A German friend of mine who lives in England told me that his grandfather had invested all his savings in mortgages and that when the great inflation came they were all redeemed in exchange for a piece of paper so valueless that robbers would throw whole stashes of them away in order to take the case in which they were being carried. You were robbed for your wallet, not for what it contained. I have a 1000 mark banknote of the period—rather handsome, with a prosperous fifteenth-century burgher of the Fugger type on it—heavily overprinted by One Milliard Marks (1,000,000,000). No doubt a folk memory of this is part of the reason the Germans are so attached to a currency that maintains its value, or loses it only slowly.
To avoid the anger that creditors expropriated in this way understandably felt in Germany, I believe the Brazilians, during one of their periods of hyperinflation, re-valued mortgages pari passu with inflation so that mortgagees could not take advantage of it in this way, to pay off debts contracted in good, or at least better, money with bad.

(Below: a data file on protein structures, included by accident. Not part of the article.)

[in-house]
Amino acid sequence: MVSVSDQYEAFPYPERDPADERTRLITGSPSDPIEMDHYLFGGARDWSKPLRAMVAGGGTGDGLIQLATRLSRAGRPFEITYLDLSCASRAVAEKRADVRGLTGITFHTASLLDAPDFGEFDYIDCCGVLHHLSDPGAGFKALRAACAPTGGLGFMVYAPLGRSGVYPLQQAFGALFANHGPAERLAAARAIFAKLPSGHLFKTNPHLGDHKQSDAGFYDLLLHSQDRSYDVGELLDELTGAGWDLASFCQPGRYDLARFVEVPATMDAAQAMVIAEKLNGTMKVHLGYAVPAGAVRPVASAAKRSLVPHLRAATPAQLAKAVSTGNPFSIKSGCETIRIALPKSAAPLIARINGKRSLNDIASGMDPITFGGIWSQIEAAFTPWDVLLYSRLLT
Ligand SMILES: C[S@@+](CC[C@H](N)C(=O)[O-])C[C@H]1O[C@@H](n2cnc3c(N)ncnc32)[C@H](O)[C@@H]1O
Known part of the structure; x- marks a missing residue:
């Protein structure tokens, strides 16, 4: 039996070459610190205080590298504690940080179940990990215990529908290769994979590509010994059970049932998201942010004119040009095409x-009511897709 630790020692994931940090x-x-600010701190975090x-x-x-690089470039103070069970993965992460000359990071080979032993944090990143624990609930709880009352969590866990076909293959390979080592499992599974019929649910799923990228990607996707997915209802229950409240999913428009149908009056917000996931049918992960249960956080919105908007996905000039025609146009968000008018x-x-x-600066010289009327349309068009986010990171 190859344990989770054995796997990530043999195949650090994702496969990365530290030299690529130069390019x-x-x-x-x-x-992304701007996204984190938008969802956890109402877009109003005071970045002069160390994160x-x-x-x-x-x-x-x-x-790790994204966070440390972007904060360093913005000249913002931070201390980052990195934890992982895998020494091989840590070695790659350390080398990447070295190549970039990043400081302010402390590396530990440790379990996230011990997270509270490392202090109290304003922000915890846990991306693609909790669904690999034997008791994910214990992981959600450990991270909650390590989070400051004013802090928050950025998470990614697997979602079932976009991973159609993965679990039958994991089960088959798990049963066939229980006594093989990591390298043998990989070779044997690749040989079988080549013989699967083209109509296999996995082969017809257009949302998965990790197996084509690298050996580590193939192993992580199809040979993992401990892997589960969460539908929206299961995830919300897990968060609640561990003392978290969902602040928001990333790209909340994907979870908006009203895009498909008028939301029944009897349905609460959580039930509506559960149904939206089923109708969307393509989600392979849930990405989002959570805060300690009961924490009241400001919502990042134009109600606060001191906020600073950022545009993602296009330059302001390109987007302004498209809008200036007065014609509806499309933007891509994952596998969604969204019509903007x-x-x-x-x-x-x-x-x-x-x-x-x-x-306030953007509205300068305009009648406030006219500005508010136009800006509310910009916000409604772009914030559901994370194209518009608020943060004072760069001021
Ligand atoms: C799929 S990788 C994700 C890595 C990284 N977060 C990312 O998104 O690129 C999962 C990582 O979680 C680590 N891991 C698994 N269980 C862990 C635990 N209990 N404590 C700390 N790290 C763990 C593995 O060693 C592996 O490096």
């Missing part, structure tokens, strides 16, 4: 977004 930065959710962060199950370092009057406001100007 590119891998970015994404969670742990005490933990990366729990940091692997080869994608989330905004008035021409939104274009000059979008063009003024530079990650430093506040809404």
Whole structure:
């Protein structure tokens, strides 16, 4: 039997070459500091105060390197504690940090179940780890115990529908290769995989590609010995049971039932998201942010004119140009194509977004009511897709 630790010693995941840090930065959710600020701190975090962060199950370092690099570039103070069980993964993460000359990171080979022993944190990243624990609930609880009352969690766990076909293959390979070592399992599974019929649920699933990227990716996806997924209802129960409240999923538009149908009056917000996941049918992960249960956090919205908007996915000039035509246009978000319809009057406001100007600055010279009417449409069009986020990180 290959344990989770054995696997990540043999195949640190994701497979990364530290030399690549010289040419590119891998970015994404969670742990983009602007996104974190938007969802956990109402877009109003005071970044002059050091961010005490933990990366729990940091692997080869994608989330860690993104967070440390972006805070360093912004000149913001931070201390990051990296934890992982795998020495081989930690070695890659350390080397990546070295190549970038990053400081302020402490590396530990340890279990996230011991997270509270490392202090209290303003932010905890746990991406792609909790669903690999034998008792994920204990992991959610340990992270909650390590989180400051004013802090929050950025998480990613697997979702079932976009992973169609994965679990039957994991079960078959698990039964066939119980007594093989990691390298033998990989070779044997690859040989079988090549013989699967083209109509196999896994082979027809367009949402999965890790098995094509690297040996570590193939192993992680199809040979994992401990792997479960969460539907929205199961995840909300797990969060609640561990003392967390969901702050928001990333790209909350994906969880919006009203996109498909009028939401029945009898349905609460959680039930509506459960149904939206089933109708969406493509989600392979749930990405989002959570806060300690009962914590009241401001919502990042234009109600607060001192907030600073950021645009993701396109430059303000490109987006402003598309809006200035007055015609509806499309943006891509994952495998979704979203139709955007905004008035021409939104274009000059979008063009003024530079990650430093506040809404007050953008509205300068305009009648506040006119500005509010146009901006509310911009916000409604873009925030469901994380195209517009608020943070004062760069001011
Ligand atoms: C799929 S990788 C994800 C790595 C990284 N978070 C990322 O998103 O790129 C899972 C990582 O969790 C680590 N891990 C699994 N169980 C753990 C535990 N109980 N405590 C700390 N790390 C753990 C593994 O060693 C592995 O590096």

In framing my new tryant and hyperinflation collections, I had to decide on who was a tyrant and what constituted hyperinflation. There was no doubt that Macías Nguema of Equatorial Guinea, self-designated as El Único Milagro, the Only Miracle, was a tyrant; if a man who regarded the possession of printed matter as in itself suspicious of treason, reduced output of the principal export crop by 90 per cent despite (or was it because of?) near universal forced labour, and either killed or drove into exile a third of the population, was not a tyrant, who was? The green 100 Ekwele note, with its portrait of the Unique Miracle, printed in London by Thomas de la Rue and Company, is very handsome, however.